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CYPRUS v. DISKIN

June 26, 1996

NORMAN CYPRUS
v.
RICHARD DISKIN, STEVEN FURLONG, and GLENN WALP



The opinion of the court was delivered by: POLLAK

 Pollak, J.

 June 26, 1996

 This case arises under 42 U.S.C. § 1983. The plaintiff, Norman Cyprus, asserts that his constitutional rights were violated as a result of an arrest that assertedly occurred without probable cause. He has named as defendants two state police officers, Trooper Richard Diskin and Corporal Steven Furlong, and the Commissioner of the Pennsylvania State Police, Glenn Walp. The defendants have now filed a motion for summary judgment.

 I. Factual Background

 The following recitation of undisputed facts is derived from the complaint and from the parties' submissions.

 Norman Cyprus is an antique gun dealer. On November 12, 1994, at an antique gun show in Lower Pottsgrove Township, Pennsylvania, Trooper Richard Diskin purchased two guns from Cyprus, an 8mm French revolver and an Iver Johnson .38 caliber revolver, and ammunition for the French revolver. The total purchase price was $ 295.00. Diskin is an officer in a unit of the Pennsylvania State Police that specializes in fraud investigations; an element of this unit's work is the detection of crimes related to sales of weapons. Diskin had been told by an informant that illegal sales of weapons were occurring at gun shows in eastern Pennsylvania, and his November 1994 purchase from Cyprus was part of an investigation of this informant's claim.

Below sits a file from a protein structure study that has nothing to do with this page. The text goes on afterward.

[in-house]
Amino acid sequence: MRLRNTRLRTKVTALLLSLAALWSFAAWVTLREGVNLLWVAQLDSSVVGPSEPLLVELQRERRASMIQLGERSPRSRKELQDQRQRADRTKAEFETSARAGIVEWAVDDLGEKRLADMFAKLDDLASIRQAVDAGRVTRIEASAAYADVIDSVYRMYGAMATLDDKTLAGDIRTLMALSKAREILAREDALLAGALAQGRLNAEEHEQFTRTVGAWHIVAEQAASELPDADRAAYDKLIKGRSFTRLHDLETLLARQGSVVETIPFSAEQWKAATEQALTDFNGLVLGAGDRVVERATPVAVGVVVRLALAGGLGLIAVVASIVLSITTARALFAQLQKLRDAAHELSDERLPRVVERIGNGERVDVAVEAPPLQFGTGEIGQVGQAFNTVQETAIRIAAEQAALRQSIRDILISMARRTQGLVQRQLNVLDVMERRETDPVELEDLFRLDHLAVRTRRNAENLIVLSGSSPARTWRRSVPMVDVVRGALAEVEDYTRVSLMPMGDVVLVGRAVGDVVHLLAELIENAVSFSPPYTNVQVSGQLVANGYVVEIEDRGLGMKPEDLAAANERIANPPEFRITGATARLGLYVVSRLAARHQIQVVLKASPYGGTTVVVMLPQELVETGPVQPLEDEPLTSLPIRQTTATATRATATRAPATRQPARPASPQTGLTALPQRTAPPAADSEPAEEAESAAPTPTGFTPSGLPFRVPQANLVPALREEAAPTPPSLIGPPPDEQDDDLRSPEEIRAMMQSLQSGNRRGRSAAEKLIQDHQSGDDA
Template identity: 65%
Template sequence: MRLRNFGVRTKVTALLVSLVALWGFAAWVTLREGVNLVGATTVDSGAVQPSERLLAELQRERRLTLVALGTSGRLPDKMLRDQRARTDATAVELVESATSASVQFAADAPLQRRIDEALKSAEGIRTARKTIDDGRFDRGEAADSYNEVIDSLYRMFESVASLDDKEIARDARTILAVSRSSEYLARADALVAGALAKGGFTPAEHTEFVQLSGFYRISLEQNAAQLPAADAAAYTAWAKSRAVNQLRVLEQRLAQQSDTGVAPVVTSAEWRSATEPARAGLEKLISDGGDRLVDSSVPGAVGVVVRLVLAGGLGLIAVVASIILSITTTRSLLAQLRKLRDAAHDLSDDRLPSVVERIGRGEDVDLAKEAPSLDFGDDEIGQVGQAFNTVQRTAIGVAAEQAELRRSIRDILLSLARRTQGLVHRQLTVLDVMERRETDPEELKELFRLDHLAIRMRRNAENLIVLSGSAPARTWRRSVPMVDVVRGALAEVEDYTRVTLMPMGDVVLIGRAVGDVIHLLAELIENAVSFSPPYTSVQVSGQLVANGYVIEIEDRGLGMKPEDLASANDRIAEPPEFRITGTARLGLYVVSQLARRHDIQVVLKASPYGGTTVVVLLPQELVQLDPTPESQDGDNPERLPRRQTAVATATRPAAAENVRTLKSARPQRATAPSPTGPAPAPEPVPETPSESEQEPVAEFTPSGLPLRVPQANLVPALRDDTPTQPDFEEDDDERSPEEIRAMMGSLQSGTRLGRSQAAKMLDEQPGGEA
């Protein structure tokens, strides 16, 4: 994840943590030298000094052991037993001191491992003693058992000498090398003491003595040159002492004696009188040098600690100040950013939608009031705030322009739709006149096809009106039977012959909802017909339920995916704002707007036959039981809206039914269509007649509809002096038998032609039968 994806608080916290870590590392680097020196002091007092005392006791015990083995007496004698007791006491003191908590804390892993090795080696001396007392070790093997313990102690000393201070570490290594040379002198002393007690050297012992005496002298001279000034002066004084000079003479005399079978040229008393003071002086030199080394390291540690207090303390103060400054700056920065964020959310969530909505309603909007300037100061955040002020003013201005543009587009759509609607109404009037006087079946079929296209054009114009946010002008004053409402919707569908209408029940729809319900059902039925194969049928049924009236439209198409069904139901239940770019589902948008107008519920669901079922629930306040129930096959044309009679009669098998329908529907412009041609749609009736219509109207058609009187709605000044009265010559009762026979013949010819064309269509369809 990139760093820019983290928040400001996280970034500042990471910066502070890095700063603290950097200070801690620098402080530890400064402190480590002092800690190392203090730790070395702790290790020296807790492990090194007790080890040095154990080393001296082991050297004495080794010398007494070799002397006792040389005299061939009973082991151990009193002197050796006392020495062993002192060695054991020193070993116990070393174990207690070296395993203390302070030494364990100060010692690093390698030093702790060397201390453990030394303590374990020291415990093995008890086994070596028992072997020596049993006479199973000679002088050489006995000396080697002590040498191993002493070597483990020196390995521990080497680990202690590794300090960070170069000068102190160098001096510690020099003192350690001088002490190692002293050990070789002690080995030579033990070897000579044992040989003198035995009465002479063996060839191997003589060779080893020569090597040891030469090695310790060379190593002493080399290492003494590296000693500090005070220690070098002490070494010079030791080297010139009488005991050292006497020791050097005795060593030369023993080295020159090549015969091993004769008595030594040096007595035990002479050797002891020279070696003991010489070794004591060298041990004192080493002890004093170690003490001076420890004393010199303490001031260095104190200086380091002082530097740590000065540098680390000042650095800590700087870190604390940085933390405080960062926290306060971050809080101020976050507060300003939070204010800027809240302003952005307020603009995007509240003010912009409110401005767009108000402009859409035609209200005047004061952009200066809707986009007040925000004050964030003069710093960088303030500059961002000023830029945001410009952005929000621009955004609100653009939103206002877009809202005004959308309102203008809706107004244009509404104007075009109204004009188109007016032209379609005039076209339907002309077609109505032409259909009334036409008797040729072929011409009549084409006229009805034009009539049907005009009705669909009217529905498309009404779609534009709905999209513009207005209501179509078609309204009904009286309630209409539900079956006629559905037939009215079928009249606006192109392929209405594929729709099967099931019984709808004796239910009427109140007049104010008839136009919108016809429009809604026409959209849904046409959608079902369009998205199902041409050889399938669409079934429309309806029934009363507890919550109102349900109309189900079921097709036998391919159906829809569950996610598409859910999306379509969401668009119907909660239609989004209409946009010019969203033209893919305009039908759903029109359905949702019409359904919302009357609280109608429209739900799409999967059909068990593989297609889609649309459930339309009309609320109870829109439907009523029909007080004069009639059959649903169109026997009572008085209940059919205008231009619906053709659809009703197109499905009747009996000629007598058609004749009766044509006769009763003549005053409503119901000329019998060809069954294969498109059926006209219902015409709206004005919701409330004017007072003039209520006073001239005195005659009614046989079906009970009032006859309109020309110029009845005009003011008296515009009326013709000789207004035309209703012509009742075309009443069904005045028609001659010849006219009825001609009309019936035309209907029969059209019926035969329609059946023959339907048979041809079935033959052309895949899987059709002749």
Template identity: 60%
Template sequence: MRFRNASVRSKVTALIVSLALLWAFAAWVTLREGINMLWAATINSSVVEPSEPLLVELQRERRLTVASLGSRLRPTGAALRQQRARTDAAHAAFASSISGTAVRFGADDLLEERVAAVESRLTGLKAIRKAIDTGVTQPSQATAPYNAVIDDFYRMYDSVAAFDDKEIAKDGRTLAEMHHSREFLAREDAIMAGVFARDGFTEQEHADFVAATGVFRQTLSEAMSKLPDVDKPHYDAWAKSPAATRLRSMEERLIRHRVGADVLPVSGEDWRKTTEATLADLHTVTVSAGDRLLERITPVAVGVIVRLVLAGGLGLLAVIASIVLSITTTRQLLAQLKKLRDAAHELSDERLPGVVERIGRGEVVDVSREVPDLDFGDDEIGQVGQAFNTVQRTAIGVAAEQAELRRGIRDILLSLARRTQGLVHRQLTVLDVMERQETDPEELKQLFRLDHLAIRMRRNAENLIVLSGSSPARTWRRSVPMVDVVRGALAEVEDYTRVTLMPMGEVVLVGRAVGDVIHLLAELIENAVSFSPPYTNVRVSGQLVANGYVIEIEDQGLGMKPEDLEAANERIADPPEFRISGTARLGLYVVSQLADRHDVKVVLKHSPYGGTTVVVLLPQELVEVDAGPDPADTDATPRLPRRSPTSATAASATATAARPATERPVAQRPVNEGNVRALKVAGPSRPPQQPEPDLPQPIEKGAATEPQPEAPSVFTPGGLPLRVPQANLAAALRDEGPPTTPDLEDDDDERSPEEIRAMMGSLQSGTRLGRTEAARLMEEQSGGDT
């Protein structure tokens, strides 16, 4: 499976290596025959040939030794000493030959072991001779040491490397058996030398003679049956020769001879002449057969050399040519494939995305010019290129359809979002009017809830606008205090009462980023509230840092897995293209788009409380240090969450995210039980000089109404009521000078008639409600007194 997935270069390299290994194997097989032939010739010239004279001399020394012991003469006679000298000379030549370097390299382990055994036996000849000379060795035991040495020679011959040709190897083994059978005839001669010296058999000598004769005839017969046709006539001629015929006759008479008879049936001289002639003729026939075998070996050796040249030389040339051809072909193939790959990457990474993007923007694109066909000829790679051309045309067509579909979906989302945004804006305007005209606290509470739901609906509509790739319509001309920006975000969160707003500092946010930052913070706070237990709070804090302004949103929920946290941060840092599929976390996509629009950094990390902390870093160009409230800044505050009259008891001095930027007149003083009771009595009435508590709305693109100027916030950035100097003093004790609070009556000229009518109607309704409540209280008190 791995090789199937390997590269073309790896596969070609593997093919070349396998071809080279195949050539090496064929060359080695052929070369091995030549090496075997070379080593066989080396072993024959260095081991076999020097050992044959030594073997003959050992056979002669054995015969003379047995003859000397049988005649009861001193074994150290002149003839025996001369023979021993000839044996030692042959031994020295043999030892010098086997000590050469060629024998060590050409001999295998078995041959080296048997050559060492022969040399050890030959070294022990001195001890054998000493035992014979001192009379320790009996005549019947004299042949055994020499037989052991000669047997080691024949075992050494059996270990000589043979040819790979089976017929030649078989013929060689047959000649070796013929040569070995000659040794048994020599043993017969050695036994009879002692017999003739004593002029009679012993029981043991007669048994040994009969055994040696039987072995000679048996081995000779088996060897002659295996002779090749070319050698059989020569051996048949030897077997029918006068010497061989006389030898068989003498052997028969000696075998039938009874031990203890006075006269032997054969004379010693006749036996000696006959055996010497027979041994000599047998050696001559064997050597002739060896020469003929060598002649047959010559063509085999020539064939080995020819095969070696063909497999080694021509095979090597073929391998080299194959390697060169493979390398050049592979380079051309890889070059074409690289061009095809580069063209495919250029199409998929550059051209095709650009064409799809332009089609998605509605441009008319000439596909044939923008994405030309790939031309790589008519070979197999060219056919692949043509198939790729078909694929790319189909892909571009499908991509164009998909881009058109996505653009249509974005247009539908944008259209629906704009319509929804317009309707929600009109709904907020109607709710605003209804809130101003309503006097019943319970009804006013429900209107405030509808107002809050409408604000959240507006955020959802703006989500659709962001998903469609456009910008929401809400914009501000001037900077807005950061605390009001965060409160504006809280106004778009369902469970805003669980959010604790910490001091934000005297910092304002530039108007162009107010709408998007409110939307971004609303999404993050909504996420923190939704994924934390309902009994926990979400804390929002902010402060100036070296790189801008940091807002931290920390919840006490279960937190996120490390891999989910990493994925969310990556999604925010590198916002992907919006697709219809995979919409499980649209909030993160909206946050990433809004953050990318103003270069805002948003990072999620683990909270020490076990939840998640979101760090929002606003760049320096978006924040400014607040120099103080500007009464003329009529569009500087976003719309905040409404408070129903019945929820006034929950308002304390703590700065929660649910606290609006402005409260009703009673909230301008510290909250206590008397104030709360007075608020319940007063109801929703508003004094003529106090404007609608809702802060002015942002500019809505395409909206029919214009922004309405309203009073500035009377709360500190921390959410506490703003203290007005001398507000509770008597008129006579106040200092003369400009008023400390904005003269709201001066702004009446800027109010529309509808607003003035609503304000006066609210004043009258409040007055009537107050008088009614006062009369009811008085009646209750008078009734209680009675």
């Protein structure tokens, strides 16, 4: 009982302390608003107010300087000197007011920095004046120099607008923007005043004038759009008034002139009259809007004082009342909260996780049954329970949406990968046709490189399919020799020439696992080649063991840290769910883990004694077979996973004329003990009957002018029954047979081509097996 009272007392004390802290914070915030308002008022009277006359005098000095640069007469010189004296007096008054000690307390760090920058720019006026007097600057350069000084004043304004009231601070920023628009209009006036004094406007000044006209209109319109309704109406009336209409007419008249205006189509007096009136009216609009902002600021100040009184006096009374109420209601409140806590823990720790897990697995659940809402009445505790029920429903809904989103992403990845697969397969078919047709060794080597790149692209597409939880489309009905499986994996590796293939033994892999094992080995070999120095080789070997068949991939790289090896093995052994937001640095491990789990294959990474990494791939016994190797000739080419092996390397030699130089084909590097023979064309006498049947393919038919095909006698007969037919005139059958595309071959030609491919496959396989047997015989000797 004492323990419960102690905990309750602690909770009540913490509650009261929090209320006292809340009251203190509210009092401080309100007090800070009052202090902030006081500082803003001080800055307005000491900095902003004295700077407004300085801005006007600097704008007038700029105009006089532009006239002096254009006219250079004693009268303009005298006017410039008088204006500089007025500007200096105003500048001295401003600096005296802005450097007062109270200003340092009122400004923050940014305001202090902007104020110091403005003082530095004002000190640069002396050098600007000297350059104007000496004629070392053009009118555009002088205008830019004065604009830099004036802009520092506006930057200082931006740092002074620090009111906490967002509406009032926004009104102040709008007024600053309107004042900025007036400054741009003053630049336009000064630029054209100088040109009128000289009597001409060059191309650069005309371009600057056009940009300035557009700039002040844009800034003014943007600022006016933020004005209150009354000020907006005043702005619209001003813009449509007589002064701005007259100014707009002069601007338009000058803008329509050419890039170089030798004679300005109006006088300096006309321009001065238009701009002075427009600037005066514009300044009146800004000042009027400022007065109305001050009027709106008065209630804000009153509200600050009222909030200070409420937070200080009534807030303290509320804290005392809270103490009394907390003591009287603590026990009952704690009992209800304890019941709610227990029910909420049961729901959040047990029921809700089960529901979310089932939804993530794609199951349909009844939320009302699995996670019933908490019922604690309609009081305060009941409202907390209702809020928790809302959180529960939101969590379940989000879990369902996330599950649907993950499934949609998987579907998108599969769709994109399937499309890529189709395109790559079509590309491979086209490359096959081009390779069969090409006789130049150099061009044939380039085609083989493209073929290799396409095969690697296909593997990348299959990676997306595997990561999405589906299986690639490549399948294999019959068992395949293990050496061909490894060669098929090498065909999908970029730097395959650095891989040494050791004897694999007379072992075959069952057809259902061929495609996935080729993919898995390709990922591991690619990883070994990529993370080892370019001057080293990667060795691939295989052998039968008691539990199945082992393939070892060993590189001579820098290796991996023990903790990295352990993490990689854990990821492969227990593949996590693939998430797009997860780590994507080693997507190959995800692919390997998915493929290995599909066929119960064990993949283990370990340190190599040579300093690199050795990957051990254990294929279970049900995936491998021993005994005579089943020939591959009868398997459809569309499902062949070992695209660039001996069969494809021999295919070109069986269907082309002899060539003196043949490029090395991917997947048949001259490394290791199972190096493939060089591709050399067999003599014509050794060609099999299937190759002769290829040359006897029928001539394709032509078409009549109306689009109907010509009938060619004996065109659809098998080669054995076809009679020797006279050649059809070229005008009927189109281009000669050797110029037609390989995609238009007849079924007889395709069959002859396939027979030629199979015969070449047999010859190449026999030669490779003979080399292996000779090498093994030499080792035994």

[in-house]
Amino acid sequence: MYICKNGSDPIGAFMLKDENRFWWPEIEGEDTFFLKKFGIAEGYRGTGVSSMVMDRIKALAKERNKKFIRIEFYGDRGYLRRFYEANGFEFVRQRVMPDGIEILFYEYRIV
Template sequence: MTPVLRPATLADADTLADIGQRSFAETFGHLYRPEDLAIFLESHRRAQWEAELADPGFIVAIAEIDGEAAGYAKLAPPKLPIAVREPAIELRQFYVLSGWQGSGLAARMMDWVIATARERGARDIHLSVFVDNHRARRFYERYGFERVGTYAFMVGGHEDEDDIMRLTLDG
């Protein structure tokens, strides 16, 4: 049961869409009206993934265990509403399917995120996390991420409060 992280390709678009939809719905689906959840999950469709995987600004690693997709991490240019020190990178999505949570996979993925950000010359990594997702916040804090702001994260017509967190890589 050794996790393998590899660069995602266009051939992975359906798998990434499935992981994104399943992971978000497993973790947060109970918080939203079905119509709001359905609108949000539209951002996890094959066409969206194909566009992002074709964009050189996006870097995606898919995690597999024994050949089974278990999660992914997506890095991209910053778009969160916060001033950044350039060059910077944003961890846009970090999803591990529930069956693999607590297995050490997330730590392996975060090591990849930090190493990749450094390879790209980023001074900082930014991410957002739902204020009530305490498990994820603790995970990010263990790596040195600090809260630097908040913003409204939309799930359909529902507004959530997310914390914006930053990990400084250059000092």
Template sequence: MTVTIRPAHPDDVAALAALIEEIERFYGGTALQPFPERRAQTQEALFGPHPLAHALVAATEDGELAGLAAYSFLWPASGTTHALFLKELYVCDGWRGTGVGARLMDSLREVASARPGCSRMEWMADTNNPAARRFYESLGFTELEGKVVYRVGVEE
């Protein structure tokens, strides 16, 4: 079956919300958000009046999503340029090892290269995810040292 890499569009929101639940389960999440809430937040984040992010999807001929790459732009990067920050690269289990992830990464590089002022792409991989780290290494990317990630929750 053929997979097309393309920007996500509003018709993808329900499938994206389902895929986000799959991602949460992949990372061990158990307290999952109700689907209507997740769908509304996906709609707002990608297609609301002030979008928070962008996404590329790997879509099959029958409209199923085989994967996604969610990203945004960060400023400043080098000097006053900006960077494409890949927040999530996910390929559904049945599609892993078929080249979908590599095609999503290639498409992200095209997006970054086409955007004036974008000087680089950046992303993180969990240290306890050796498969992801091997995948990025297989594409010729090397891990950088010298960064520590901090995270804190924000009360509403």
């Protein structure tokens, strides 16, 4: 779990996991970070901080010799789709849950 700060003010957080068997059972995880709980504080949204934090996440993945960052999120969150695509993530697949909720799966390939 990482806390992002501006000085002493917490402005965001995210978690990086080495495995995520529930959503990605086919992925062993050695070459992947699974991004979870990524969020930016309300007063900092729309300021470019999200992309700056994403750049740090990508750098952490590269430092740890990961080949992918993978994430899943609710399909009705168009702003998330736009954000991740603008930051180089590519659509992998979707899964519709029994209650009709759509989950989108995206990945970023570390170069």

On December 10, 1994, at an antique gun show in Allentown, Cyprus and another exhibitor were paged to report to the office of the gun show manager. At that office, they were met by an Allentown police officer, who escorted the two exhibitors to the lobby of the exhibition hall. Corporal Steven Furlong met the two in the lobby and arrested them. Cyprus was then escorted to his exhibitor's table, and the table was covered with sheets; he and his police escort then returned to the lobby. When state police transportation arrived, Cyprus was handcuffed and taken to the Bethlehem barracks of the Pennsylvania State Police. There, he was fingerprinted and photographed, and was served with the arrest warrant. Shortly afterwards, Cyprus was taken to a bail hearing, at which he was released on his own recognizance (after a total of approximately four hours in police custody).

 On January 24, 1995, at a preliminary hearing before District Justice Catherine M. Hummel, Cyprus presented evidence - in the form of two books, Iver Johnson Arms & Cycle Works Handguns 1871-1978, and Military Handguns of France 1858-1958 - that the guns that he had sold to Diskin had been manufactured in or before 1898. *fn1" As I will discuss shortly, Pennsylvania's firearms laws exempt antique firearms, a category that includes firearms manufactured before 1899. Presumably for this reason, District Justice Hummel then dismissed all charges against Cyprus for lack of probable cause.